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Andrew's Iraq Report: May 17/04

Welcome! Our goal at Winds of Change.NET is to give you one power-packed briefing of insights, news and trends from Iraq that leaves you stimulated, informed, and occasionally amused every Monday & Thursday. This briefing is brought to you by Andrew Olmsted of Andrew Olmsted dot com.

TOP TOPICS

  • A suicide car bomb killed the head of Iraq's Governing Council and at least eight other Iraqis in Baghdad. Abdel-Zahraa Othman, also known as Izzadine Saleem, was the second member of the Governing Council to be assassinated. The council selected Ghazi Mashal Ajil al-Yawer, a civil engineer from the northern city of Mosul, to replace Saleem. Although this may be a difficult blow to U.S.attempts to stabilize Iraq, the Governing Council was slated to turn whatever power it had over to the interim government July 1. If this attack doesn't derail the transition, the new government should be able to move on from this attack without great difficulty.

Other Topics Today Include: the U.S. puts down an uprising in Baghdad; Coalition command structure revised; Fallujah townspeople and al-Sadr discuss cooperation; al-Sadr's political success; Saddam told he could be given back to 'his' people.

REPORTS FROM THE FIELD

IRAQI POLITICS

  • Representatives from Fallujah reportedly met with Motaqda al-Sadr Sunday to discuss taking up common cause against the Coalition. If true, this could be a disastrous turn of events for the Coalition. But at the same time, one of the former Iraqi generals in charge of the security force in Fallujah called on its leaders to support American efforts to stablize Iraq. So the question remains, which side will come out on top? (Hat tip: The Agonist.)
  • As the June 30 deadline for handover of power to an interim Iraqi government looms close, the United States is hard at work on the new American embassy in Baghdad. The embassy will be responsible for helping the new Iraqi government keep the peace while a final government is put in place, meaning that a great deal of responsibility will rest on controversial ambassador John Negroponte after 30 June. And a lot of questions remain over the precise role the embassy will play, the authority it will hold, and the goals it will try to achieve.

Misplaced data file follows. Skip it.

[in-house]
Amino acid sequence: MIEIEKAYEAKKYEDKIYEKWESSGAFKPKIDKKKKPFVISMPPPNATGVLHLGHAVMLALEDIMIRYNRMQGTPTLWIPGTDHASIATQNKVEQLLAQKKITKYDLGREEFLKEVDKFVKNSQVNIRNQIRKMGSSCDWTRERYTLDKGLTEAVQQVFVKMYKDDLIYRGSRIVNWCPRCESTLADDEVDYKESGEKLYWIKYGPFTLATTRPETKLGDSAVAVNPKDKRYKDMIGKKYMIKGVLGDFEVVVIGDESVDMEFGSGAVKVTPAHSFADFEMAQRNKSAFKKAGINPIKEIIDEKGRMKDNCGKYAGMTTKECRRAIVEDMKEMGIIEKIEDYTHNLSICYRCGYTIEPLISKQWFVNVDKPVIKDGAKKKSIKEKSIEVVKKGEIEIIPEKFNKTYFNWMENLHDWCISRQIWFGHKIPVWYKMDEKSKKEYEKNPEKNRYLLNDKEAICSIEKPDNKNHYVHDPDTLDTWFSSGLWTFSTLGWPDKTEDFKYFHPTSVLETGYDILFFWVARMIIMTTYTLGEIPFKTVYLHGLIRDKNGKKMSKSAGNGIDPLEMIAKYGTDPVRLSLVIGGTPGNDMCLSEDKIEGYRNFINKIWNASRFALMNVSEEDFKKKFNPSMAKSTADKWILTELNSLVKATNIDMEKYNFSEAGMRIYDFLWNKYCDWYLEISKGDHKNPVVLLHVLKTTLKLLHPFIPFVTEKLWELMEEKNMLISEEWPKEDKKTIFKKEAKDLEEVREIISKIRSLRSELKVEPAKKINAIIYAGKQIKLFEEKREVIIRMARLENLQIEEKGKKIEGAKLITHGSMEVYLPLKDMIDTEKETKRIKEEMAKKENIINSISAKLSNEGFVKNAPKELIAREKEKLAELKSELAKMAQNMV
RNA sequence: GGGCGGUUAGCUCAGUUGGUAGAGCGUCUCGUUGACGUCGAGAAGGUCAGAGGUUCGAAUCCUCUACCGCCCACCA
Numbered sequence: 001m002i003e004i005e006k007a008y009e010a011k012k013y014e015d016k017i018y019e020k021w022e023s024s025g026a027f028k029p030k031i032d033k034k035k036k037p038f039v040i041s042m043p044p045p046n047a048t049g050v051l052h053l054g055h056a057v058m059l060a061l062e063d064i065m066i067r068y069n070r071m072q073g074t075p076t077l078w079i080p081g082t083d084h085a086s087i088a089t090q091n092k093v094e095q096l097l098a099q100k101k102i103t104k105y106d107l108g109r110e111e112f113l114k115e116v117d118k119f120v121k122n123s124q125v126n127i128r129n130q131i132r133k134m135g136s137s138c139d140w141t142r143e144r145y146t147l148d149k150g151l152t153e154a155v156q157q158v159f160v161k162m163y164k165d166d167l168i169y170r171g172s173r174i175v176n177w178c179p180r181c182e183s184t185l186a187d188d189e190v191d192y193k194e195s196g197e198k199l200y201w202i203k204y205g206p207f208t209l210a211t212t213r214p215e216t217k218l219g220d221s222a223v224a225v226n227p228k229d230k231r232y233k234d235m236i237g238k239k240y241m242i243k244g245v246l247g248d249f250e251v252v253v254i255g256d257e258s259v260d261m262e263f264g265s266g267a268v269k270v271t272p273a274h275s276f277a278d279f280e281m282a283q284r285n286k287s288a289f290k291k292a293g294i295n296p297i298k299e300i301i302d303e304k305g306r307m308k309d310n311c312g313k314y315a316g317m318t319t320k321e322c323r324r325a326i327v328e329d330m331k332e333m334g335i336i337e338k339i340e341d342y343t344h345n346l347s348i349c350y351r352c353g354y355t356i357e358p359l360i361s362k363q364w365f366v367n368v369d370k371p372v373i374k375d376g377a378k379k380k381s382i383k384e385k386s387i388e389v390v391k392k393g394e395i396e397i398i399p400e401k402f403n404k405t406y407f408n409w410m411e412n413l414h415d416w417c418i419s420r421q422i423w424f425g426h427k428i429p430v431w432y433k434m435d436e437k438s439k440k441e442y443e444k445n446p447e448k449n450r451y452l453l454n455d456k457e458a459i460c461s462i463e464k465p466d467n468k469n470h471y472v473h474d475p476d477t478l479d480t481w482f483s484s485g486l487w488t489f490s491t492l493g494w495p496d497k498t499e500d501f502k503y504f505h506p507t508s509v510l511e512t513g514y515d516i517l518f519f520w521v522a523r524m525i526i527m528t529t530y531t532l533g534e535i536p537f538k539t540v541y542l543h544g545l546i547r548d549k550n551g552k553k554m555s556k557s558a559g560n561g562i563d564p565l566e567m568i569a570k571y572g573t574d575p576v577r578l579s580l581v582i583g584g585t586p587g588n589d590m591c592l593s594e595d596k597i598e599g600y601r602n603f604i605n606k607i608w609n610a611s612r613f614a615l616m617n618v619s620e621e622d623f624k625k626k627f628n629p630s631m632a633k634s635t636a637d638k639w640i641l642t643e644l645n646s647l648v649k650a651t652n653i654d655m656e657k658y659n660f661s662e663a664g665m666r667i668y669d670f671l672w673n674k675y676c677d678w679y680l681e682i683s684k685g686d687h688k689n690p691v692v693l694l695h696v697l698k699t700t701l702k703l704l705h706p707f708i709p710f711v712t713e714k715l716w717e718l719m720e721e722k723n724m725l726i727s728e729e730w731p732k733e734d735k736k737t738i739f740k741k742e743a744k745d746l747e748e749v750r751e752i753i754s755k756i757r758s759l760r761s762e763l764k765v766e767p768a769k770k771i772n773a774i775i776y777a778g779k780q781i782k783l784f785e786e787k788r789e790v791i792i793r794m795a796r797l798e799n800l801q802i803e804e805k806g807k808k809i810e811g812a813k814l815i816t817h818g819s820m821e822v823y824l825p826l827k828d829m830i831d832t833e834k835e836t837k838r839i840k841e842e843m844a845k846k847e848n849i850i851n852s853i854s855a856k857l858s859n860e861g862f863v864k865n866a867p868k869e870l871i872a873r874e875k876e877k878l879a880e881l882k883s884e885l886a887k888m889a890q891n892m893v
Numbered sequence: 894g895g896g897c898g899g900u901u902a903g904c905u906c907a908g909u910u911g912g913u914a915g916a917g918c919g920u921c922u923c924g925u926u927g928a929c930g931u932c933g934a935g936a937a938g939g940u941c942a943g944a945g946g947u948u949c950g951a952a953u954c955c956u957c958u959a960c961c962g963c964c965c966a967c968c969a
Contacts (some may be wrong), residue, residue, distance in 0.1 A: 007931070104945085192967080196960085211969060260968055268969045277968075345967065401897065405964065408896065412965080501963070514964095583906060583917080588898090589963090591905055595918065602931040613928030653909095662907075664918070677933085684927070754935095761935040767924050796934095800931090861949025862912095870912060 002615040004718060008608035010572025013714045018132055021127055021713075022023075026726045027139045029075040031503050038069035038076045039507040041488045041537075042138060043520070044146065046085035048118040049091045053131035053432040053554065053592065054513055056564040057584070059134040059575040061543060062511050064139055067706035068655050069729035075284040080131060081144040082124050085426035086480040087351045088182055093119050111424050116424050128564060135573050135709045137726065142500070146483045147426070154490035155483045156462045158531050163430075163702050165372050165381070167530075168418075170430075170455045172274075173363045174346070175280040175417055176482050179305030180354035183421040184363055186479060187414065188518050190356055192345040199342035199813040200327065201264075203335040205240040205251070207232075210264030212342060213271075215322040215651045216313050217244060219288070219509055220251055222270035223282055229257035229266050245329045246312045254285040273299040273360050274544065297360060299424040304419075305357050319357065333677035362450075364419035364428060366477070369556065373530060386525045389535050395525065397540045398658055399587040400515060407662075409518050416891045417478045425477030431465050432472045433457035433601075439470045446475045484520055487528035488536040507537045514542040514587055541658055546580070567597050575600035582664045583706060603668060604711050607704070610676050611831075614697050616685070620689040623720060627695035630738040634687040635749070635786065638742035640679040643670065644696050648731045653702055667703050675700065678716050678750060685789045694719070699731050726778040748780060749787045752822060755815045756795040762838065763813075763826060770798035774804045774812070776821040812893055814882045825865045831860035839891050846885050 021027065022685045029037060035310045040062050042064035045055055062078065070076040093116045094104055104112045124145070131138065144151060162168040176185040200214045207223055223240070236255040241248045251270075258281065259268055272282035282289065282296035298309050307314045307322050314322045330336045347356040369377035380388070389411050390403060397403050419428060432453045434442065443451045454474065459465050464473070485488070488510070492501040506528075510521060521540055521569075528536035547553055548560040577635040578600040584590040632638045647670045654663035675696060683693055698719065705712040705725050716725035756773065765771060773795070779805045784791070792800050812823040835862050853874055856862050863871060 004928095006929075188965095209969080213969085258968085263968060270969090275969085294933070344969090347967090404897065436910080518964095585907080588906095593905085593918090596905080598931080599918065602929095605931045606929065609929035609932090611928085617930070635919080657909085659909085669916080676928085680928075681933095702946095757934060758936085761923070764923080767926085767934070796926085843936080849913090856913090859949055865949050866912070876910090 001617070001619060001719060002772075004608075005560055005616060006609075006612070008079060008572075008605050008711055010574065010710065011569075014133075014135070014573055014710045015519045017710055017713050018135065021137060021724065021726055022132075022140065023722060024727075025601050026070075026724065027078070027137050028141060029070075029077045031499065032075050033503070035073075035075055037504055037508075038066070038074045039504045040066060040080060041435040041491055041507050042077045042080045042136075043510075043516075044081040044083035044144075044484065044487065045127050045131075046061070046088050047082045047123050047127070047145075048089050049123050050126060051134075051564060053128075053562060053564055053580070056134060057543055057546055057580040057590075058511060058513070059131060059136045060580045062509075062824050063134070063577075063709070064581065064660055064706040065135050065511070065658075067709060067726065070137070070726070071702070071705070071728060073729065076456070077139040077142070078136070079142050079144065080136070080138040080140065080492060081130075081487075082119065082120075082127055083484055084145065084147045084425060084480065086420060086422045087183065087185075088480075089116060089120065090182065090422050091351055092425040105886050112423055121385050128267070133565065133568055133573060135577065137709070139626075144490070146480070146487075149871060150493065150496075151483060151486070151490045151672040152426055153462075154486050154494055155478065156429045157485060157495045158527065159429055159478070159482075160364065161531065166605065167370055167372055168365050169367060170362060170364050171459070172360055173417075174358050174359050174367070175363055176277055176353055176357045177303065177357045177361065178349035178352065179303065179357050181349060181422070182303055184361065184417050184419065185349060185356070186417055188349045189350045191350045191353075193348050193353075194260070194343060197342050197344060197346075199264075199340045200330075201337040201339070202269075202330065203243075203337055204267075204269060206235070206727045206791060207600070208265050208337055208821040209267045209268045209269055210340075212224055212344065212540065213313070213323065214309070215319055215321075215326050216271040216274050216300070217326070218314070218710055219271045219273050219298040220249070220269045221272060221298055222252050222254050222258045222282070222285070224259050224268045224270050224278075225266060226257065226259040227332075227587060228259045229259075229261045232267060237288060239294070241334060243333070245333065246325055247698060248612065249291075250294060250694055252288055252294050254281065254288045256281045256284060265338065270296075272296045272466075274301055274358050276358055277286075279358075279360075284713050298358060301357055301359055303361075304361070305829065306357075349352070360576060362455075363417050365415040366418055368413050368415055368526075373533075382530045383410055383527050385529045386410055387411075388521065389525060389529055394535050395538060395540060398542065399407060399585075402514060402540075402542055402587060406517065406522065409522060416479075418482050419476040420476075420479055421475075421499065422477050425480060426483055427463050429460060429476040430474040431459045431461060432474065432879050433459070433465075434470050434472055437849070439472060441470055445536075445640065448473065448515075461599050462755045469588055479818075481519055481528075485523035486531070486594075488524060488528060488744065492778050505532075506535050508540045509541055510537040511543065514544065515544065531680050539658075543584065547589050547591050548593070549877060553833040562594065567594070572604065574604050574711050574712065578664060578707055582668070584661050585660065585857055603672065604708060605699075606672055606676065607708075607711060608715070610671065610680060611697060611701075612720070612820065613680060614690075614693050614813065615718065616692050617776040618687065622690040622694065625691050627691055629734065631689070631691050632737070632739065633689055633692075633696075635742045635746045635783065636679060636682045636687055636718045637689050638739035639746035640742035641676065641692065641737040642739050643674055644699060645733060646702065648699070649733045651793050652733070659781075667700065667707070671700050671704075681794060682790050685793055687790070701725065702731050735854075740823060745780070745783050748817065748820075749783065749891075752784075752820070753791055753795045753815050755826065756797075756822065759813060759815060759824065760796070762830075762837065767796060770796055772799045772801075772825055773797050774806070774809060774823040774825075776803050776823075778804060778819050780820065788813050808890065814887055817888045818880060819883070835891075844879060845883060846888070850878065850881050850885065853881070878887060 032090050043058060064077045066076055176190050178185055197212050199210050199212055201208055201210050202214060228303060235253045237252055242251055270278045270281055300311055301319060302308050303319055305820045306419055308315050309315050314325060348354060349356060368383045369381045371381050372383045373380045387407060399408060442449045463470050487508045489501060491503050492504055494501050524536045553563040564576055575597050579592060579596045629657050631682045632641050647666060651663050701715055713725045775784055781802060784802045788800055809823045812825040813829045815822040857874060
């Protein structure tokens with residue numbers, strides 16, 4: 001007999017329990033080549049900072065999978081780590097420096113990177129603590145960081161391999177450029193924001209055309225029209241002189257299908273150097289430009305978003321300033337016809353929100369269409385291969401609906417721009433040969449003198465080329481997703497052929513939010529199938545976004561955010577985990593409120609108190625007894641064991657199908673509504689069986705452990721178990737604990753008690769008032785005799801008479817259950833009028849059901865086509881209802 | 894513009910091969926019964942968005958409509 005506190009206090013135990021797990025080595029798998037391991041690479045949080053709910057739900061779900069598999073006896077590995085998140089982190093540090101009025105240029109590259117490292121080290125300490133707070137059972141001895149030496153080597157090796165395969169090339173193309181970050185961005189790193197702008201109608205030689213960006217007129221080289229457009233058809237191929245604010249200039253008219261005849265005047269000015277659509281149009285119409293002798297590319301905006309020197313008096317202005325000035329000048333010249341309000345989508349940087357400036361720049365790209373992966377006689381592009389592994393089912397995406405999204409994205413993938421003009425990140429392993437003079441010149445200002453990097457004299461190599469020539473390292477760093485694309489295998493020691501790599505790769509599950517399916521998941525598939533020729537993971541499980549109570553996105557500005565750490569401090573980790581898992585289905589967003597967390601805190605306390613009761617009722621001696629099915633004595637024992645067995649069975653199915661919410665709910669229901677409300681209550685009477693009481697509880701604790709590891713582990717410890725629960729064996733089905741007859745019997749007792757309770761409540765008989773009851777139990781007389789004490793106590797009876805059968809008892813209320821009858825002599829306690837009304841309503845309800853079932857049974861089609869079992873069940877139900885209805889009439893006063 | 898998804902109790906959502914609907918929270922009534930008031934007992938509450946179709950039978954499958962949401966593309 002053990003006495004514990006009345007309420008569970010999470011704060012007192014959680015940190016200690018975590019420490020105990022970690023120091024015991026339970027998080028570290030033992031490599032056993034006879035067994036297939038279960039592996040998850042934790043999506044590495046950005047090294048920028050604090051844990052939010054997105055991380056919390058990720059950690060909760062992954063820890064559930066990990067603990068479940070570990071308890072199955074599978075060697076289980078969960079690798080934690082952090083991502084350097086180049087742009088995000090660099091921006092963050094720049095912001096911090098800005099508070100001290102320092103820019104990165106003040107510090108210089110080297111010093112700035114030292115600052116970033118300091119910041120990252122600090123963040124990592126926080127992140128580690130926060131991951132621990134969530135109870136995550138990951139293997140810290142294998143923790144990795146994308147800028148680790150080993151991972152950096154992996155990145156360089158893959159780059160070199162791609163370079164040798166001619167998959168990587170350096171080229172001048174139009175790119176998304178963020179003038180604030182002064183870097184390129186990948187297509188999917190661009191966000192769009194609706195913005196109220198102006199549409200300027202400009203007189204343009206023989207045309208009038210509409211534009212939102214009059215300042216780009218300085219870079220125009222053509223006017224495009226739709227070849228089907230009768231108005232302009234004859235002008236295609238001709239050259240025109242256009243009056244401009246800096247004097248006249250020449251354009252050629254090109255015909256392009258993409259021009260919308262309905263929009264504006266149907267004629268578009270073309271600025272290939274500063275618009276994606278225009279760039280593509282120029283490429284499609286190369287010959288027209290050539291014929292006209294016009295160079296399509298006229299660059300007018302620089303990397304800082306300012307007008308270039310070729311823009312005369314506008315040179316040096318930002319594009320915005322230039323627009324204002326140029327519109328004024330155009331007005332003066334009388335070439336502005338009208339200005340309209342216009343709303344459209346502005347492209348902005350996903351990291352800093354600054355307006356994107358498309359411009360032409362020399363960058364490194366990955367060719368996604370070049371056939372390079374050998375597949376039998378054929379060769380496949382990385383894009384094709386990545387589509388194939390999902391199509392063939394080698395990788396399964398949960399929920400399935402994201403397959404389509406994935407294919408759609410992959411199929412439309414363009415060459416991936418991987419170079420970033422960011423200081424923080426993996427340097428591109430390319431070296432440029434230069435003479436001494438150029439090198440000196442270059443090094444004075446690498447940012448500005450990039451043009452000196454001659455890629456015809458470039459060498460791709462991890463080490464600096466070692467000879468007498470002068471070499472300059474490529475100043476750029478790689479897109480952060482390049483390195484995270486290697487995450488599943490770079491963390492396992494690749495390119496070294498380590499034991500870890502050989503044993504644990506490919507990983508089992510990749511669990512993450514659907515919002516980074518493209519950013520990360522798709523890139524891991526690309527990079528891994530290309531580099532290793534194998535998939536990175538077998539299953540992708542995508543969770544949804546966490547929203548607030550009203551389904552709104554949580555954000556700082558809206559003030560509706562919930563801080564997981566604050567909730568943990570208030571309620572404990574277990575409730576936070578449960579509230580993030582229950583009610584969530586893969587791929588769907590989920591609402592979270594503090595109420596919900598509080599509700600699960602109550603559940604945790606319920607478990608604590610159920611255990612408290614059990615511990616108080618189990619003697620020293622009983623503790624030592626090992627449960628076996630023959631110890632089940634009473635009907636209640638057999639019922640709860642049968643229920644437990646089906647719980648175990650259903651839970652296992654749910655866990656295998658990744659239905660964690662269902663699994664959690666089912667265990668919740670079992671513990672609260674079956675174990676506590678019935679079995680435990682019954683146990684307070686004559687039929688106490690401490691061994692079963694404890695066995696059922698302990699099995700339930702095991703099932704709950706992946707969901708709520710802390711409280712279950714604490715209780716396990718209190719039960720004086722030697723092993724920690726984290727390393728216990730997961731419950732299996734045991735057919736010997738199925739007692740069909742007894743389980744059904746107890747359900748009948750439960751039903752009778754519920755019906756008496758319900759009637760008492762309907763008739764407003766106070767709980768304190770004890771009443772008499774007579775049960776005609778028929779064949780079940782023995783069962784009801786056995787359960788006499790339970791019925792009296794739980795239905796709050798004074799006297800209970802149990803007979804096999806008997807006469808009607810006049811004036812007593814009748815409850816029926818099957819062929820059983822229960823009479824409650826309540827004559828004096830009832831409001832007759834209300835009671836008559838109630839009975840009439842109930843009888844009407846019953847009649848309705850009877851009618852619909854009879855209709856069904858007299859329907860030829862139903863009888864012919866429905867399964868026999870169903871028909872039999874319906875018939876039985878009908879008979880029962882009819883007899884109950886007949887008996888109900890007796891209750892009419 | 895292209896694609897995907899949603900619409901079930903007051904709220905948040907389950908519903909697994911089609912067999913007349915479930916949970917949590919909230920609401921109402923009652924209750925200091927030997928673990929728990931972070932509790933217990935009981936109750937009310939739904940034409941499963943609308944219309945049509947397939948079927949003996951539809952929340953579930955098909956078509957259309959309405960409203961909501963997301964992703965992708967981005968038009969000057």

THE INTERNATIONAL STAGE

  • Phil Carter examines the expected guilty plea from the first of the MPs to be prosecuted for Abu Ghraib. Phil hits the nail on the head when he points out that "The fact that [their superiors] didn't know about these events isn't enough. If they should have known about them, by doing proper nighttime inspections and spot-checks, and they didn't know, then they're still legally culpable." I'll go one further and say that leaders at the prison should have known what was going on, and they were either negligent for not knowing or knew what was going on and didn't say anything.
  • Colin Powell was in Jordan Sunday trying to repair U.S.-Arab relations in the wake of the Abu Ghraib scandal. Unsurprisingly, King Abdullah II of Jordan used this meeting as an opportunity to try and gain U.S. support for the Palestinians against Israel once again, suggesting that reported Arab anger over Abu Ghraib may well be a front by Arab governments (not known to be overly concerned about public opinion in their own dealings) to put pressure on the Bush administration to undertake some favored positions.

ETCETERA

  • If you haven't done so already, you need to read Dan Darling's rationale for the war in Iraq and what to do next. (Part II is here.) You may disagree with it, but Dan raises points that deserve to be argued on the merits.
  • The troops are still there. So is the Winds of Change.NET consolidated directory of ways you can support the troops: American, Australian, British, Canadian & Polish. Anyone out there with more information, contact us!

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